On August 22, 2021, the Christian Post published an article that claimed greater “than 60% of born again Christians in America between the ages of 18 and 39 believe that Buddha, Muhammad and Jesus are all valid paths to salvation and over 30% say they either believe that Jesus sinned like other people” or that they “aren’t sure.” Further, the survey of “3,100 Americans ages 18 to 55 in 2020” saw a significant decline in what they call a “basic biblical worldview,” which includes issues such as the nature of God, the reliability of the Bible, salvation, as well as the sinlessness of Jesus. The number of people in that category dropped “from 47% in 2010 to 25% in 2020 among born again Christians.” What is referred to as “expanded biblical worldview” (beliefs regarding Satan and objective morality) fell “from 32% in 2010 to 16% in 2020.” There was a noticeable drop among “the general population” as well regarding basic biblical worldview beliefs (13% to 6%) and for expanded biblical worldview (9% to about 3%).
Why is there a decline in such beliefs? According to Kirby Anderson, ethicist and president of Probe Ministries, such is “due to pastors not consistently teaching biblical theory” and to “young Christians who are not paying attention” due to being distracted by other issues, such as social media and whatever is more important to them.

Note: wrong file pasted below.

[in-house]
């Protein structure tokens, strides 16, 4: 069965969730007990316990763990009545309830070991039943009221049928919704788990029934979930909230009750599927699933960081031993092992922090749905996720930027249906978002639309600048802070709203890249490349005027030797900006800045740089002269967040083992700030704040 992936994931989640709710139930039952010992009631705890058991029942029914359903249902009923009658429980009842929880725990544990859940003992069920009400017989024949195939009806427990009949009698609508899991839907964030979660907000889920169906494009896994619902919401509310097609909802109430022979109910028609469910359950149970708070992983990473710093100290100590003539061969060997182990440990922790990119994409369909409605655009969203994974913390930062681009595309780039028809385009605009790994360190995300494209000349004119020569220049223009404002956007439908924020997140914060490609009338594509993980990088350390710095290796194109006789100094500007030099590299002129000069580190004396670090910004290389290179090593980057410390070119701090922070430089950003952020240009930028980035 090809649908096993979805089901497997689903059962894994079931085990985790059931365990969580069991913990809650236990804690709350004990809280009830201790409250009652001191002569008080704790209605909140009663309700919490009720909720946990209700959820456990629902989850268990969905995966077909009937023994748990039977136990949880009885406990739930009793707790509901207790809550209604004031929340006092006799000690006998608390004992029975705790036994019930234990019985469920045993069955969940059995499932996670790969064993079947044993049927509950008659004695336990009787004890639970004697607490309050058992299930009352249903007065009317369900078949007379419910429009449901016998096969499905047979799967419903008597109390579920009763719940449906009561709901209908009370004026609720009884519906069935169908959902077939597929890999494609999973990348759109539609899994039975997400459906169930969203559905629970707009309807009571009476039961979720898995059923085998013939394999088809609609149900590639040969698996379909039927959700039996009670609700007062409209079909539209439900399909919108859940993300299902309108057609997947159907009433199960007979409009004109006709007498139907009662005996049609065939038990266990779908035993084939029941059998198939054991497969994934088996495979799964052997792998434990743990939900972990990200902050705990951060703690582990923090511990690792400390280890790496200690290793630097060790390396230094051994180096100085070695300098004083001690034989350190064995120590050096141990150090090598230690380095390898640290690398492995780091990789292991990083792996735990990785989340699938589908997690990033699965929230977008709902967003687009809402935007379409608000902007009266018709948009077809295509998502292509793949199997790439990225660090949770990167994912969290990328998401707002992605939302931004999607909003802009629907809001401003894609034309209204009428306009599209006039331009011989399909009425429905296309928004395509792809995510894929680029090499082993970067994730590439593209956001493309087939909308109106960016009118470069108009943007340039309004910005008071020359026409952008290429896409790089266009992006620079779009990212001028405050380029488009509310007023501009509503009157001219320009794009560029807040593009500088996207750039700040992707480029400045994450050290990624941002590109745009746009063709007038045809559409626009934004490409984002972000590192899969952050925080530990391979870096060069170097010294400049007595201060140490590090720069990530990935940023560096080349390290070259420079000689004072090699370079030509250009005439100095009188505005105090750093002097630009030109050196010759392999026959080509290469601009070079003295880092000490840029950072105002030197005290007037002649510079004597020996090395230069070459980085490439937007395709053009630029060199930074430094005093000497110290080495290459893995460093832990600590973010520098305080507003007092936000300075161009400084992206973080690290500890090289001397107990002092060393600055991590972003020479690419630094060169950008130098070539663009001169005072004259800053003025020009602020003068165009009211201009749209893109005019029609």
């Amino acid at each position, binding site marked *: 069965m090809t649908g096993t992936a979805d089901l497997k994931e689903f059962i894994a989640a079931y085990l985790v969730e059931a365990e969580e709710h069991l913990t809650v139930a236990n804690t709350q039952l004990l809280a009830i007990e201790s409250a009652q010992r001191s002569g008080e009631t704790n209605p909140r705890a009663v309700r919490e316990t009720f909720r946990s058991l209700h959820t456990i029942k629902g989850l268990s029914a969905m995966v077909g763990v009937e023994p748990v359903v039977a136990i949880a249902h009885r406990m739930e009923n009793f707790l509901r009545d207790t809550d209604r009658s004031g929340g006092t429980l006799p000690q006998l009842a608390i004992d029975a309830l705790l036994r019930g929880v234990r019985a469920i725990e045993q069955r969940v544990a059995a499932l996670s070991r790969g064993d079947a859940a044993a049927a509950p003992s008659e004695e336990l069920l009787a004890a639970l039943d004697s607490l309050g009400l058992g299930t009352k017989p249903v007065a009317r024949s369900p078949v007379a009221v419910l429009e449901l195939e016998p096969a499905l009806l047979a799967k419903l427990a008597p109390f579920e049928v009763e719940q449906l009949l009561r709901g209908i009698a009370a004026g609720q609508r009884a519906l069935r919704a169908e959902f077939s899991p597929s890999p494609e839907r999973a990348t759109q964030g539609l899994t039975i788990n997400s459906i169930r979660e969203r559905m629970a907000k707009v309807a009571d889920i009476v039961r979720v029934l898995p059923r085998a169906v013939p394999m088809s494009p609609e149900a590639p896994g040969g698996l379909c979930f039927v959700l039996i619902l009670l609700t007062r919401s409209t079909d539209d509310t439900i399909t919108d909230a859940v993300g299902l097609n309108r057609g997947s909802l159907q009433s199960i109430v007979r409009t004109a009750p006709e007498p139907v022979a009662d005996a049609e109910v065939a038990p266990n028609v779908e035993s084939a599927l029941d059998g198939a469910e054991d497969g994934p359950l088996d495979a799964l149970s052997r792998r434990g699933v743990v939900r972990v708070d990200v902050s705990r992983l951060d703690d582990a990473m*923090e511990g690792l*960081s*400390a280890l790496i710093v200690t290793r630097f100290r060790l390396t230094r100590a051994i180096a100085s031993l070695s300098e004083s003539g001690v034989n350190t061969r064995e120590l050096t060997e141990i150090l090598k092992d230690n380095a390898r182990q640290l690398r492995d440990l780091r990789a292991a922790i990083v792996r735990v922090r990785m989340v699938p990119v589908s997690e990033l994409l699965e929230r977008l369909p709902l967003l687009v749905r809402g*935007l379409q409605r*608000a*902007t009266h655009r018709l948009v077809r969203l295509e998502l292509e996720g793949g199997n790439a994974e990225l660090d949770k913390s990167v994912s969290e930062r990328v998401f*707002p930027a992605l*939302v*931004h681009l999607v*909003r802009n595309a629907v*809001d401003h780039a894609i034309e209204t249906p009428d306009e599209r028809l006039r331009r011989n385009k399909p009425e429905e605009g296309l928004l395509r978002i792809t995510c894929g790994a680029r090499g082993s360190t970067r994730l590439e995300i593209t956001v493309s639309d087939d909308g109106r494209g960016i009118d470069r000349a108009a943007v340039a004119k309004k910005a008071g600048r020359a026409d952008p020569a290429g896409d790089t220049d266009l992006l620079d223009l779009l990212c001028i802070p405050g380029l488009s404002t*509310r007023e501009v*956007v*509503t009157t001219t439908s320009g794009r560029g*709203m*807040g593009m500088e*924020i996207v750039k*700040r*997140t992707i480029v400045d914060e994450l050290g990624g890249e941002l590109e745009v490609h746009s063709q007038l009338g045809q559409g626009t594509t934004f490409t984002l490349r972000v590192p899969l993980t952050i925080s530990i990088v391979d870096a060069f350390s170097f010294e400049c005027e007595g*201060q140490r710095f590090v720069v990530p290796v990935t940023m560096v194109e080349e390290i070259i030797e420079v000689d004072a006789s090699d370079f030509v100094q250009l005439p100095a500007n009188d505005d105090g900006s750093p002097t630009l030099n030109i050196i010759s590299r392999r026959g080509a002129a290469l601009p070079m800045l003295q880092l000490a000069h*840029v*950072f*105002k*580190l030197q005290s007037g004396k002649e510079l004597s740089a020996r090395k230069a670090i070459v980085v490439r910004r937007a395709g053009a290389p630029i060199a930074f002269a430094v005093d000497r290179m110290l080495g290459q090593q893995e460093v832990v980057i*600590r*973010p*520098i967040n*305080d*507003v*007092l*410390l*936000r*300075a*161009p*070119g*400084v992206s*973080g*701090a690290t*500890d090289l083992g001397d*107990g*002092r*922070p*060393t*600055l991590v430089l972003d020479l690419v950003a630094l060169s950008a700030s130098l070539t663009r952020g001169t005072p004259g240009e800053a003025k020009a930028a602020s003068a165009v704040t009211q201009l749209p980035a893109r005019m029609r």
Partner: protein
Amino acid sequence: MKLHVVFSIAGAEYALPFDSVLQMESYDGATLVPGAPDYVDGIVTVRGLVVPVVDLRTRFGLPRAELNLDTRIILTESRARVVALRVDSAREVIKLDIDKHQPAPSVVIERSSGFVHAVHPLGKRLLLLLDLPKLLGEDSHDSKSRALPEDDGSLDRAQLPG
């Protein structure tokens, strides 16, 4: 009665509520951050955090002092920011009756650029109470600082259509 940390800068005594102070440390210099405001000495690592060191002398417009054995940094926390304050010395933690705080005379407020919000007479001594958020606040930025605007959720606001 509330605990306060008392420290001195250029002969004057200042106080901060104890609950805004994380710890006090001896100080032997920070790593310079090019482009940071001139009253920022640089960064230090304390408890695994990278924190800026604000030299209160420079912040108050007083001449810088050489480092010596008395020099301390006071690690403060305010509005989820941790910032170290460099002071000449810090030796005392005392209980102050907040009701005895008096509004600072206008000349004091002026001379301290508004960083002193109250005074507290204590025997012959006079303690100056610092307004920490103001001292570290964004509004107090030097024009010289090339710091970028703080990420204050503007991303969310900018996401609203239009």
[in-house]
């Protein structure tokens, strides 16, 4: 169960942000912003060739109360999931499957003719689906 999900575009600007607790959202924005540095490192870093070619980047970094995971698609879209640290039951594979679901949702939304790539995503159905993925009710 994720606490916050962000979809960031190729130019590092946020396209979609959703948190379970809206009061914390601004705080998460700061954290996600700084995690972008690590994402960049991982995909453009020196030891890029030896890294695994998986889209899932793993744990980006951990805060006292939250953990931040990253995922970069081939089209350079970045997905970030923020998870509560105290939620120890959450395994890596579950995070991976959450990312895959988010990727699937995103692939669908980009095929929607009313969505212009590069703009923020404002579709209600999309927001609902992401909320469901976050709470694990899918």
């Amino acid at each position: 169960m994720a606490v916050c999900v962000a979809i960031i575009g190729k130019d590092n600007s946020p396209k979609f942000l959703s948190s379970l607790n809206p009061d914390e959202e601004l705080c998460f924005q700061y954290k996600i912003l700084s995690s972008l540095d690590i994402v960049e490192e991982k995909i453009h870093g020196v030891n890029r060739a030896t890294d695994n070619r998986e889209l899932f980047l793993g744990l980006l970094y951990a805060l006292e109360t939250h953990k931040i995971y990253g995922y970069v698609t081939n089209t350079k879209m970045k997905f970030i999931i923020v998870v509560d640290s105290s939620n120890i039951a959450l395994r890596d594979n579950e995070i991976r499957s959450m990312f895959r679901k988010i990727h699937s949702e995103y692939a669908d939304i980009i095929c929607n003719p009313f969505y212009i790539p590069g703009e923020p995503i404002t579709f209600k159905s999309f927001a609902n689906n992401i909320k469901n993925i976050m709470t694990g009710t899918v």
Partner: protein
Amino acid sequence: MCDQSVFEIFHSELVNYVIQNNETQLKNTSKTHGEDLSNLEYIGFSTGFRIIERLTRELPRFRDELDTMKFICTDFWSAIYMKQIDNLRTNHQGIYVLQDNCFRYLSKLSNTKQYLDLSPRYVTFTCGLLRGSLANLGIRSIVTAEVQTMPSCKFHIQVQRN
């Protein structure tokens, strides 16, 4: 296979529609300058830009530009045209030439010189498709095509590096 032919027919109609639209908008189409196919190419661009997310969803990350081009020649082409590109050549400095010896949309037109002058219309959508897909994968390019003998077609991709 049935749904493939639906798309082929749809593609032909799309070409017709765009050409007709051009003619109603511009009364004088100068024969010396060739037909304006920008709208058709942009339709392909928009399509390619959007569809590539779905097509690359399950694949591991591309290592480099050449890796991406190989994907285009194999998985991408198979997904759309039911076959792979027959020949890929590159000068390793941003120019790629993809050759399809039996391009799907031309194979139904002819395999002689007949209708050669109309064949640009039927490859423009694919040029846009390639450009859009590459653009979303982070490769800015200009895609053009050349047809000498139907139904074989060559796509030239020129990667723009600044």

Can people hold to these unbiblical positions and really be genuine “born again” Christians? The latter question is one for another time. I will focus on the former. I agree with Anderson on the point that to a degree pastors and church leaders share a blame in this situation. Churches are typically more interested in other issues than discipleship and genuine learning. Many if not most Christians cannot even articulate the basic beliefs of their faith. For example, such doctrines as the Trinity and the divinity of Christ are usually, or at least often, distorted by everyday Christians. Often, even pastors cannot accurately describe the basics of such doctrines. In some circles, a lack of theological education is actually celebrated as it allegedly takes the focus off of the Holy Spirit’s leading and teaching. If God tells us what to believe and what to talk about in church, then why go to school? I discuss these issues in another post I wrote about having an intellectual faith. However, simply knowing what the Bible says is not enough anymore. It is imperative that we not only know what Christianity is, but know whether we believe it, why we believe it, and how to defend it. The latter point is hardly discussed in churches.
However, pastors are not the sole cause of this problem. There are a host of such causes. While church is meant to foster and nourish our spiritual life, it is not meant to be the primary means to attain it. Our spiritual life should start at home.